People often ask me what it is about writing that I love. Surely, they must think, it can't be the lack of stable finances, the frequency of tear-your-hair-out existential calamities, or the questionable 'research topics' gracing the history on my Google search bar?
They'd be right. It's none of these things. Although I do endure such things because my love of writing is so flipping huge. But what made it so flipping huge in the first place?
Like all great things of significance, I reckon it all goes back to my childhood. Long story short (and you're lucky, the long-story-short-thing is not normally where I excel), I was a shy child who was, at times, scared of her own voice.
I knew that stirring inside that chubby little body was a fierce, wild spirit who wanted to scream with laughter, shout from rooftops, yell all the colours my voice could hold. But instead, for some reason, I rarely ventured into such realms. In the eighties, if you were a little girl, you were supposed to be quiet, well-behaved, thin and pretty. Everybody knew that.
Not much changed in the nineties - loud, exciting and risk-embracing behaviour was for boys only. Liam Gallagher. Jarvis Cocker. Snoop Dogg. And if you were female and fancied actually speaking your mind, it seemed you had to emulate those boys by becoming (and it pains me to use this phrase) a 'ladette'. Even then, thin and pretty were still clearly the most important things to be.
This blog post isn't about dismantling the patriarchy to an extent that I can illustrate how perfectly brilliantly young girls were / are silenced with harmful benchmarks for their very existence. BUT it can give you a realistic idea of how easily somebody's voice can be tempered. I always knew there was a voice inside me somewhere, but harnessing it, practicing it and increasing its volume were things I just didn't know how to do.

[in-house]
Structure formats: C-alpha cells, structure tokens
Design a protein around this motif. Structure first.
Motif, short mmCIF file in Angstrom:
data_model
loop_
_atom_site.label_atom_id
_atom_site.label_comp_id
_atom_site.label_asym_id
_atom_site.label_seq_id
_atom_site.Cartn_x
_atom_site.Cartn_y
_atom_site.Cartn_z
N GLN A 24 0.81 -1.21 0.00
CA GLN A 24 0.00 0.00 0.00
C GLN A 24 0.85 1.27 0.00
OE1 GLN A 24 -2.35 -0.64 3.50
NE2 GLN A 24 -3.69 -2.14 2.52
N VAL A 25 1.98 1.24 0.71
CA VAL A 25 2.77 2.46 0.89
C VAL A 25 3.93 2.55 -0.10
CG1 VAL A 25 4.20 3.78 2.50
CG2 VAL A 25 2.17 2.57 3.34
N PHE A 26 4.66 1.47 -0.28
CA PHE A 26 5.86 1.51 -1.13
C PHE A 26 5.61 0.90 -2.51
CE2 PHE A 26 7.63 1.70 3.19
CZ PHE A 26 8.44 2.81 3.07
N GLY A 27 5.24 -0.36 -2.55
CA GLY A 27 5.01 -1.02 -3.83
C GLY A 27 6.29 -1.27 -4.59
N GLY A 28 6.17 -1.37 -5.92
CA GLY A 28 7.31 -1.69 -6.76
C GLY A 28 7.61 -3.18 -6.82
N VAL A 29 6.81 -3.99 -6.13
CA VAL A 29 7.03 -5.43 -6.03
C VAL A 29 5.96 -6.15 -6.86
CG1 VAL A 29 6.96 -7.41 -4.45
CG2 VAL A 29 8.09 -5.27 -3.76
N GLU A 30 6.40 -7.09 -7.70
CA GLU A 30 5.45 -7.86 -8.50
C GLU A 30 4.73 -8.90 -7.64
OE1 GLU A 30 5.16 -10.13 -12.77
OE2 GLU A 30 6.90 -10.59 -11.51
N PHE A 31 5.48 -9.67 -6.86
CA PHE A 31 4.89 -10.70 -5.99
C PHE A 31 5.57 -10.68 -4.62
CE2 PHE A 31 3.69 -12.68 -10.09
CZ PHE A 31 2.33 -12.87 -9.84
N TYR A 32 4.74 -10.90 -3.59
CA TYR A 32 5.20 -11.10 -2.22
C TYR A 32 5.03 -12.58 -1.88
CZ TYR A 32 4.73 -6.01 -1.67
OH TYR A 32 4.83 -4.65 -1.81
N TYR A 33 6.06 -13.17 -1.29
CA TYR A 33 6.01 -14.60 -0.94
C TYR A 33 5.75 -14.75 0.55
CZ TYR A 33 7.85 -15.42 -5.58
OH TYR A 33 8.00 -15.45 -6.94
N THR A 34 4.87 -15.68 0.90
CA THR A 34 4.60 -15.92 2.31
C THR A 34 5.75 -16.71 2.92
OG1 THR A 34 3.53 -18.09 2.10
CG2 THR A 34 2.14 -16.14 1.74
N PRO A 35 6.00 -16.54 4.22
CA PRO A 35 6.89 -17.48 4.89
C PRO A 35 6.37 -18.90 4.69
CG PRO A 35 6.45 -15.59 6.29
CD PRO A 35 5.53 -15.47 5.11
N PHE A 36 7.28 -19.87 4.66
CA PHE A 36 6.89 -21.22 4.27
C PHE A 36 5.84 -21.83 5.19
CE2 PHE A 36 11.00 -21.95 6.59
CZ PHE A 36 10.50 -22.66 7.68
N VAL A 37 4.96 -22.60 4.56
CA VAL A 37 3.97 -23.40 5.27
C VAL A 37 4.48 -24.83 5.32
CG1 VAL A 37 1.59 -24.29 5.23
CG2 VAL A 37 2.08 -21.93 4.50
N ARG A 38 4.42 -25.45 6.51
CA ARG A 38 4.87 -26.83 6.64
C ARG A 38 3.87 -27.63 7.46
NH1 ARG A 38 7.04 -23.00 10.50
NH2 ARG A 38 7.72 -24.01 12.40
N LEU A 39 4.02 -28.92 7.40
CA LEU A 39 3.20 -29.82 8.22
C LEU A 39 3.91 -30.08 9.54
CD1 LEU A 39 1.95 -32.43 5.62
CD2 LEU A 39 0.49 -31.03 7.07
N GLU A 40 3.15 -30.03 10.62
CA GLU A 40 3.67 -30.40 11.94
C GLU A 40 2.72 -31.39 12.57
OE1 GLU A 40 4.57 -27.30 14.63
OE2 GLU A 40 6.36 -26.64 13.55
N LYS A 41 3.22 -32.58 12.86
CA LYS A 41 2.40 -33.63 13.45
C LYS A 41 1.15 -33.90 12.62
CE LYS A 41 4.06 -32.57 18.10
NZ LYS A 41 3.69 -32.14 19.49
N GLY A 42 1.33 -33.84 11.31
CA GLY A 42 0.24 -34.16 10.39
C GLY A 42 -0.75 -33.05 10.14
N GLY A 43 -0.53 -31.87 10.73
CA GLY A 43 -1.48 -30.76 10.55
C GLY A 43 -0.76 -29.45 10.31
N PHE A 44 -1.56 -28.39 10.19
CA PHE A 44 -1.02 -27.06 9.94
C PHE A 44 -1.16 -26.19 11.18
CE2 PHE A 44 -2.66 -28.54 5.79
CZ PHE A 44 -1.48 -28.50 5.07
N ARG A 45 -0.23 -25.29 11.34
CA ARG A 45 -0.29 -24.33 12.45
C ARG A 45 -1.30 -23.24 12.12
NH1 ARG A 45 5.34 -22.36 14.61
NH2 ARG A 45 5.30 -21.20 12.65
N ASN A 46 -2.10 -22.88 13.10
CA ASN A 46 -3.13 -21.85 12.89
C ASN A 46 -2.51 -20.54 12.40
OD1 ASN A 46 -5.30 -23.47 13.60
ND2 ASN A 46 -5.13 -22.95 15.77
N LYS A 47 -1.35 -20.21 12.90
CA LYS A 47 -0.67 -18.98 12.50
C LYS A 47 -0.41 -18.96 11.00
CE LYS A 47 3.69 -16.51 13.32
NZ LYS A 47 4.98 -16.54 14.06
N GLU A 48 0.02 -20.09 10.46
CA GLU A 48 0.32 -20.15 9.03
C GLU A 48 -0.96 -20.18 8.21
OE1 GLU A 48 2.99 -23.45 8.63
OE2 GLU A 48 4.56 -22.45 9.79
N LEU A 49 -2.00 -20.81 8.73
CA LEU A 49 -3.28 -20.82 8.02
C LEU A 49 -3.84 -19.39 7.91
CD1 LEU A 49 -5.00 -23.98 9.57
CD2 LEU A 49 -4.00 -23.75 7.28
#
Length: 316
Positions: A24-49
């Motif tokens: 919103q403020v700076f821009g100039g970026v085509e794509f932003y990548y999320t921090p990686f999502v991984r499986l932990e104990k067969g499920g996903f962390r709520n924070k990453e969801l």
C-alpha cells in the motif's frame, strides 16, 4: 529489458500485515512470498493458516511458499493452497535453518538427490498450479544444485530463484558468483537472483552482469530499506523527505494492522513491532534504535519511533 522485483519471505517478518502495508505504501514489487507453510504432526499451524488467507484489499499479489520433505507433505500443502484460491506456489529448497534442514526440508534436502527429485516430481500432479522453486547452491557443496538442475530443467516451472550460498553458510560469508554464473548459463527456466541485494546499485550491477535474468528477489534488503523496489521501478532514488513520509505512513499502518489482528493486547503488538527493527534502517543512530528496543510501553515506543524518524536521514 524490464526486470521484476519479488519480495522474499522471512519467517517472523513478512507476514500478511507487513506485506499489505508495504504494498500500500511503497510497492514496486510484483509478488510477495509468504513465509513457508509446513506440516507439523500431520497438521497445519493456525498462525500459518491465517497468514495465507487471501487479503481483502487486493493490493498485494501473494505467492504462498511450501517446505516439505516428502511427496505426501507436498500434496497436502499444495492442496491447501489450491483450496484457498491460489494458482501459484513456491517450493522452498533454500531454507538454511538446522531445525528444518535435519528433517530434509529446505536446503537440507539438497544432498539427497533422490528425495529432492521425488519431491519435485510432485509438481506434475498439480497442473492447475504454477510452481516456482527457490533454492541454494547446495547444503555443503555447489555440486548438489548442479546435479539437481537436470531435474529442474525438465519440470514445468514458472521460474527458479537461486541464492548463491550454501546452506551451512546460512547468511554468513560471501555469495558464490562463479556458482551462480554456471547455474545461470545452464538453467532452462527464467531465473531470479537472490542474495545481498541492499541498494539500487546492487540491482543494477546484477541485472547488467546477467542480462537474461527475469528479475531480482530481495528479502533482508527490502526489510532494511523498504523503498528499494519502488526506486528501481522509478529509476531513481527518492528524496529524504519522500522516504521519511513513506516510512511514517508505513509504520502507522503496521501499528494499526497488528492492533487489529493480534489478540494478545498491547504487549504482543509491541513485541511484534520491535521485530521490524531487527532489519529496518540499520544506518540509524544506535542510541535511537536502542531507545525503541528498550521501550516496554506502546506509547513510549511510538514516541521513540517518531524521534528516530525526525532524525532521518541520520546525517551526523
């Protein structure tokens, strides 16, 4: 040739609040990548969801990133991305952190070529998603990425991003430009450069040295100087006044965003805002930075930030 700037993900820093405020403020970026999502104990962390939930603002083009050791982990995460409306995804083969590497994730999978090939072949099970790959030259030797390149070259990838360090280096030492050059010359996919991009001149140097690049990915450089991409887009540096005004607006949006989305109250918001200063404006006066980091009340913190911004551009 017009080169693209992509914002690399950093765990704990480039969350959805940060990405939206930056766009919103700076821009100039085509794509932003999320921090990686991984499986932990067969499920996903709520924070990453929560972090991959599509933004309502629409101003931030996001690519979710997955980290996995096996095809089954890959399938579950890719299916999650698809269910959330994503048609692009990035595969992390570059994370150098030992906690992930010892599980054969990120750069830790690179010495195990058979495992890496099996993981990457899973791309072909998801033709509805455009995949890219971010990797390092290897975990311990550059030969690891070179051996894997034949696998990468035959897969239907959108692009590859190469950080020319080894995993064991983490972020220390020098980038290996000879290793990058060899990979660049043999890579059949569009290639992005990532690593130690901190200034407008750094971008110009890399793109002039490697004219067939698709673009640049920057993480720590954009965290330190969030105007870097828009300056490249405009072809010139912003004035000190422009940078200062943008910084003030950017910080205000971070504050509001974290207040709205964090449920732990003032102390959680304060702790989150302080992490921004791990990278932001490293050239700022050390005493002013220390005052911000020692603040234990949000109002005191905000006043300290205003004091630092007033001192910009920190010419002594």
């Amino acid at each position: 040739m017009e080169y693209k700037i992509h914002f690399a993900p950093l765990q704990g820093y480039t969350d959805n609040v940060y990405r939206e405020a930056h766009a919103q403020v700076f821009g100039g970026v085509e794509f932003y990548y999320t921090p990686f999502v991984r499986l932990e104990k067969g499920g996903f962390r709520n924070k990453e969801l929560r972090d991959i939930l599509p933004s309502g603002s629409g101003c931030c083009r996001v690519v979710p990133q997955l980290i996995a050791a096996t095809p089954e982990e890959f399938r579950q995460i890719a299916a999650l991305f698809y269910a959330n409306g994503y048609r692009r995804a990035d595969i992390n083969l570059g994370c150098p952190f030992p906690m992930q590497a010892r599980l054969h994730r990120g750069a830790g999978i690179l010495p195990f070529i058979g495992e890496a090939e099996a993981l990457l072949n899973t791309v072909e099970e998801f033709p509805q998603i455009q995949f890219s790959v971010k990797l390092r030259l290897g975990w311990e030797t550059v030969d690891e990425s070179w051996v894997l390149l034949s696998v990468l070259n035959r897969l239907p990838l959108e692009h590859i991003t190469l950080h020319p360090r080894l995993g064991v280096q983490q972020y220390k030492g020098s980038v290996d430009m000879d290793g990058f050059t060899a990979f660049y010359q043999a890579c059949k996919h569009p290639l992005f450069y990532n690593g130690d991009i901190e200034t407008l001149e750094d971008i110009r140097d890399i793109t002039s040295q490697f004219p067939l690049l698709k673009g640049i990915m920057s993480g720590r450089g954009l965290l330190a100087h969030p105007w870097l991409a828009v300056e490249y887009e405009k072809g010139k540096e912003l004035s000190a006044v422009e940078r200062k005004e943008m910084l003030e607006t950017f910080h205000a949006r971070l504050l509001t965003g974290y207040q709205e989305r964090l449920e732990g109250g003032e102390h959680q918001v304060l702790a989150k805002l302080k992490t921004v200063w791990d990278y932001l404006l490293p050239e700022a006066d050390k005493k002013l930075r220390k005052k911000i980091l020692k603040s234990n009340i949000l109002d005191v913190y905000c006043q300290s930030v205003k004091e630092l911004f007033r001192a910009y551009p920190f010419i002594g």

And therein lies the answer. What I love about writing is that it finally gives me a voice.
As I entered the rickety world of adulthood, I found opportunities to write that helped that voice come out. I studied Creative Writing at university, started my own community business and wrote about a billion grant applications and wrote poetry and journals privately. Slowly but surely that voice was evolving.
Then, in 2006 something massive shifted for me. A long-term relationship and my business both came to abrupt ends and I dicked off to Turkey for a month to figure out my life (I based the whole of the Life Is Yours Trilogy on this). Just when I thought I was crushed, I actually bloomed and I picked up the idea of writing, dusted it off and realised it had been THE thing for me all along.
It wasn't an easy ride from there. When is it ever? But writing has been my companion ever since. Whether it's a novel, a blog post, a social media caption or notes for a presentation, my voice is loving its new work.
Finally, I can form opinions, express wishes, share ideas without the stress of having to 'sound good' in the moment. Writing gives me time. It gives me wriggle room to figure out what I want to say, how I want to say it and who - out of my growing cast of characters - would be best placed to say it with me. After years of feeling stifled, this is so bloody liberating.